These considerations led him to believe that in his full grandeur he was far better than Jesus Christ, in connection with which point the reader would be well advised to study Haqiqatul Wahyi, from page 148 to 155. Therefore, having grasped finally that in Ilhams and Revelations vouchsafed to him, he was plainly being called a Nabi greater in grandeur than Masih ibn Maryam, he gave up interpreting these titles as having been applied to him only figuratively, in the way stated above. He found that the concept and definition of Nabuwwat generally prevalent needed amendment; and that an Ummati also could be a Prophet, though he may not bring a new law, nor abrogate any portion of the Sharia : that for a Nabi it was not essential that he should not belong to the Ummat of an earlier Nabi. Accordingly we find that after 1901 he defined Nabuwwat as follows:

"As far as I can see, Nabi is he alone on whom the word of God descends in a manner beyond all doubt, and descends in a considerable volume, embracing a knowledge of things beyond the ken of man. This is how the Lord God has named me a Nabi." (Tajalliat-i-llahia page 26)

From the words `a Nabi is he alone', it is evident that this definition is being given as definite and conclusive. In other words there is no other definition as clear and conclusive: and under this complete and conclusive definition, the Promised Messiah described himself as a Nabi, a Prophet, since it was clearly and fully applicable to him. In this definition he has not held it was indispensible for a Nabi that he should not be an Ummati of any Prophet.

In this same period the Promised Messiah wrote further:

"When that communion, in its nature and volume, reaches a point of perfection, a point of fullness; and no impurity or defect is left in it: and it embraces knowledge of things unknown, beyond the ken of man that same, in other words, is denoted by the word Nabi, as agreed upon by all the Prophets." (Al-Wasiyyat, page 16, edition Nazarat Maqbara Bahishti, Rabwah)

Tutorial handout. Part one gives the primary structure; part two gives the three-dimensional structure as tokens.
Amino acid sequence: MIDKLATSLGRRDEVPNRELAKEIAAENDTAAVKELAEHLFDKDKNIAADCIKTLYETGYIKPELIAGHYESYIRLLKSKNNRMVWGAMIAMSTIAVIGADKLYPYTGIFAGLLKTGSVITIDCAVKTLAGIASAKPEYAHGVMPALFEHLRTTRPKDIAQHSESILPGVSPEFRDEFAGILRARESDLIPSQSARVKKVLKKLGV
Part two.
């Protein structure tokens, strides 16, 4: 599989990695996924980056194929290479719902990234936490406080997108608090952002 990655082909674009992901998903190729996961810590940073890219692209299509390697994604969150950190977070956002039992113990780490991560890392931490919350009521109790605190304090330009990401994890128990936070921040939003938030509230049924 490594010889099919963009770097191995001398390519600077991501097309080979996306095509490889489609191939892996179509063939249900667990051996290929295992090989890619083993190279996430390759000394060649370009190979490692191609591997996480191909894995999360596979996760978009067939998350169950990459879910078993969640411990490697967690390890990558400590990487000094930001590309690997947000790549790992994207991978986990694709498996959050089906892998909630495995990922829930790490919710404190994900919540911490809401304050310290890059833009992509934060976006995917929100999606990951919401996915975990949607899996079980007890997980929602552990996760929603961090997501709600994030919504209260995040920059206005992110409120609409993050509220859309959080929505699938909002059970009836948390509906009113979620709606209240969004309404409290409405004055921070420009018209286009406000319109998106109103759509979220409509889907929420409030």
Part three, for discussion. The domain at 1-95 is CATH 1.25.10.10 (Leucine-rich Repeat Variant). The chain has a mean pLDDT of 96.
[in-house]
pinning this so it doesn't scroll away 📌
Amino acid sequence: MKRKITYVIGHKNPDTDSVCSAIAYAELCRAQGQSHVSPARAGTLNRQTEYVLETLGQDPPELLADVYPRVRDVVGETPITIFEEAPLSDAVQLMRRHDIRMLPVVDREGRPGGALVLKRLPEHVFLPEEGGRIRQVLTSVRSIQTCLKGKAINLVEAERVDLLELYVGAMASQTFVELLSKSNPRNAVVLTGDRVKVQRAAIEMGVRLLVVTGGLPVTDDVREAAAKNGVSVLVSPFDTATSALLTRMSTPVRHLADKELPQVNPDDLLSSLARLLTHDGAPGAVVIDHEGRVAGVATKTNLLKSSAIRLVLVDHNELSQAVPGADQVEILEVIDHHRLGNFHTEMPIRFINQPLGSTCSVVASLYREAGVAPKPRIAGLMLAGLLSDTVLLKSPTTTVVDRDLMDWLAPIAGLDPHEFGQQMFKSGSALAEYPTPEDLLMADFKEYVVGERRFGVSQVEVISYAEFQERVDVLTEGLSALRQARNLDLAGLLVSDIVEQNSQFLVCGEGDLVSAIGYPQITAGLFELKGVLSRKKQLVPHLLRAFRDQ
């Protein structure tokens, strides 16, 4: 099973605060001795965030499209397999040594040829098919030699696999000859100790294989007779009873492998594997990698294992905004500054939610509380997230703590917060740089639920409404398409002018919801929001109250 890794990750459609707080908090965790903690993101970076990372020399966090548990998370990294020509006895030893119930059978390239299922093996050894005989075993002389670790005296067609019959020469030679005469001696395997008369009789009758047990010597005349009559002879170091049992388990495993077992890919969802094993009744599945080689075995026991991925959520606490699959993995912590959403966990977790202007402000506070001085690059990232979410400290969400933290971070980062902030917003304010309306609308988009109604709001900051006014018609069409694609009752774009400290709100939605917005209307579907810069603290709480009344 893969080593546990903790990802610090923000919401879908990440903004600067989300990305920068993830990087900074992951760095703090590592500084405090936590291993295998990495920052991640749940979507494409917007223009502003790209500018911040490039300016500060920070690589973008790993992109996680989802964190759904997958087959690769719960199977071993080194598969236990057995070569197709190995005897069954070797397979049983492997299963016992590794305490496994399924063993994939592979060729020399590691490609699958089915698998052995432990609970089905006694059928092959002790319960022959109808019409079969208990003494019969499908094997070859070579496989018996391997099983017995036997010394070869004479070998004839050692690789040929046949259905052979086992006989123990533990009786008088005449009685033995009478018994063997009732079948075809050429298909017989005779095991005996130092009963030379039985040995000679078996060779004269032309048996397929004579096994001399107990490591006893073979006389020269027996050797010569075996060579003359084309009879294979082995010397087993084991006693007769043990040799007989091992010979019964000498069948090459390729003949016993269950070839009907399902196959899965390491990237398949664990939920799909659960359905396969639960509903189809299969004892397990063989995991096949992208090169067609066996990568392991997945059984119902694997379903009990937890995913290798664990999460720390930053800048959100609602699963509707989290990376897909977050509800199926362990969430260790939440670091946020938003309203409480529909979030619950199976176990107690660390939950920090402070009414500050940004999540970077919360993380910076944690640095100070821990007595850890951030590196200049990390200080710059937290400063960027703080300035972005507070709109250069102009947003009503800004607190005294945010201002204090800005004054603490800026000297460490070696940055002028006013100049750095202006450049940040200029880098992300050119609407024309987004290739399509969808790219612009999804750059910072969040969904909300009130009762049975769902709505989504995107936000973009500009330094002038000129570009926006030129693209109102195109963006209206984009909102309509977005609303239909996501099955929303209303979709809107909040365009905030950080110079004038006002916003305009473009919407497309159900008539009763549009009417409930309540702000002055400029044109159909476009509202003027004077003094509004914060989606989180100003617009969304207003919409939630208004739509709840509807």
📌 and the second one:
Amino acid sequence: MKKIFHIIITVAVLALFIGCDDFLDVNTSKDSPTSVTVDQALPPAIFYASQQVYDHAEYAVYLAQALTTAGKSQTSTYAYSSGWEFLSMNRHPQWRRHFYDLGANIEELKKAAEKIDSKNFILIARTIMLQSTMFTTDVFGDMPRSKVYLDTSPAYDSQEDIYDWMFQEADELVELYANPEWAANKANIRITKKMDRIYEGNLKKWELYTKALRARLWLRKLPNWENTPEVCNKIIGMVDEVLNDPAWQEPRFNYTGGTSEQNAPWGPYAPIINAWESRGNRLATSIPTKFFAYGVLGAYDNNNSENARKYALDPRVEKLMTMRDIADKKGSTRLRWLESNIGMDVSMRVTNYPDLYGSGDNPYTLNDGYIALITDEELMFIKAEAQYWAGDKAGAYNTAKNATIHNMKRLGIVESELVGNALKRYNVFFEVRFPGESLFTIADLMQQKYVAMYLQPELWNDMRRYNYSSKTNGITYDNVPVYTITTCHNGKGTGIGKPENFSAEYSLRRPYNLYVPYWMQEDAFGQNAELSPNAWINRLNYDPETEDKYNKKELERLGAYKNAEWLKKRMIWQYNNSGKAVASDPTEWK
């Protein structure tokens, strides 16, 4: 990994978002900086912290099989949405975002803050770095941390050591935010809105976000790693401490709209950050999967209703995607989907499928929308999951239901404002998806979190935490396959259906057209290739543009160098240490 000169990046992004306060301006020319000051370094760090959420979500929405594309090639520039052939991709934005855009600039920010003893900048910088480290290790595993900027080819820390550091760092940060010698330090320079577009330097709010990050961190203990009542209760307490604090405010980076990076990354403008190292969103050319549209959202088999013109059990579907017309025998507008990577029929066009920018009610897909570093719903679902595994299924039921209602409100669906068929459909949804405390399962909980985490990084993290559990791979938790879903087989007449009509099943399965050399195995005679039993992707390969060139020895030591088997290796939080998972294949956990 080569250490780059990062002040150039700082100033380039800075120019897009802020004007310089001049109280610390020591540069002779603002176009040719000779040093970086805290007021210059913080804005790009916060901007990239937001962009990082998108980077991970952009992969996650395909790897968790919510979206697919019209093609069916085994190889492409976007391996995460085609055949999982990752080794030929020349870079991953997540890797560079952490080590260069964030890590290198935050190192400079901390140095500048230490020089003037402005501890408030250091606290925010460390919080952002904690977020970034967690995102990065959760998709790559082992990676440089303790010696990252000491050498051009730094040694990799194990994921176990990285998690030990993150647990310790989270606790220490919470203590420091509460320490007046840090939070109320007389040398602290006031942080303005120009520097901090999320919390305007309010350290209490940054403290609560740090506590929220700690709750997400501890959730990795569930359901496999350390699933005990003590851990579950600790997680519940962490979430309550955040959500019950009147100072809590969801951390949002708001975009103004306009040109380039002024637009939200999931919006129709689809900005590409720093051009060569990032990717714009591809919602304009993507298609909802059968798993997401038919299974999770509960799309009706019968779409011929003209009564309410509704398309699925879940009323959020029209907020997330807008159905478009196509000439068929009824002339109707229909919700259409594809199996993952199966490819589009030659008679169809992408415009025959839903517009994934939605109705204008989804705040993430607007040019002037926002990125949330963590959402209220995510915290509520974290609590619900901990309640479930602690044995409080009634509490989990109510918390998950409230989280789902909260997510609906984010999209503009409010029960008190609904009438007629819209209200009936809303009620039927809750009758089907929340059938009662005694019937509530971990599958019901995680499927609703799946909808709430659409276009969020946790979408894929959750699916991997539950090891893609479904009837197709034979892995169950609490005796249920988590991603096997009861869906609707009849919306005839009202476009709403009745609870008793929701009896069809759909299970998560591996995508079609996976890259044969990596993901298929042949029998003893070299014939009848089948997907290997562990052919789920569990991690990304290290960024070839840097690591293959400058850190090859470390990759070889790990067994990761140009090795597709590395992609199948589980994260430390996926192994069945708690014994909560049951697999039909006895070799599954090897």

According to this definition of Nabuwwat, in Al-Wasiyyat on which all Prophets agree, the Promised Messiah calls himself a Nabi . Further, in the same period, in his Lecture entitled Hujjatulla, he said:

"Receiving word from God, such as contains knowledge of things unknown, and embraces prophecies remarkable in grandeur, the man who communicates this word to mankind, in Islamic terminology, is called a Nabi." (Lecture entitled Hujjatullah, Alhakm, May 6, 1905)

According to this definition, we now find that the Promised Messiah calls himself a Nabi, in a phraseology which he calls Islamic terminology. Again, in the same period, while addressing his opponents, he wrote:

"The content, which you call `mokalma mokhataba' (precise, definitive communion) amplitude and abundance of the same, under mandate from the Lord God, I designate as Nabuwwat. Wa likullin an yastaliha." (Tatimma Haqiqatul Wahyi, page 68)

In this passage we find he called himself a Nabi, under an instruction from God, in a terminology coming from the same source. In the same period we again find him writing:

"The word Nabuwwat and Risalat, in His Wahyi vouchsafed to me, Allah has used hundreds of times in regard to me. But this expression is intended to be applied to an amplitude of communion embracing knowledge of things beyond the ken of man. Nothing more than that. Evidently, all of us are entitled, in our talk to use a terminology we favour; and this is a terminology of God, that an abundance of knowledge given by Him in regard to things in the future beyond the reach of man, he calls Nabuwwat."

In Haqiqatul Wahyi, pages 390 and 391, in the light of the Quranic verse: "He does not reveal things pertaining to spheres of the Unknown, to any human being, except that He be pleased to communicate it to an Apostle of His own", while giving the meaning of Nabi and Rasul, the Promised Messiah wrote further: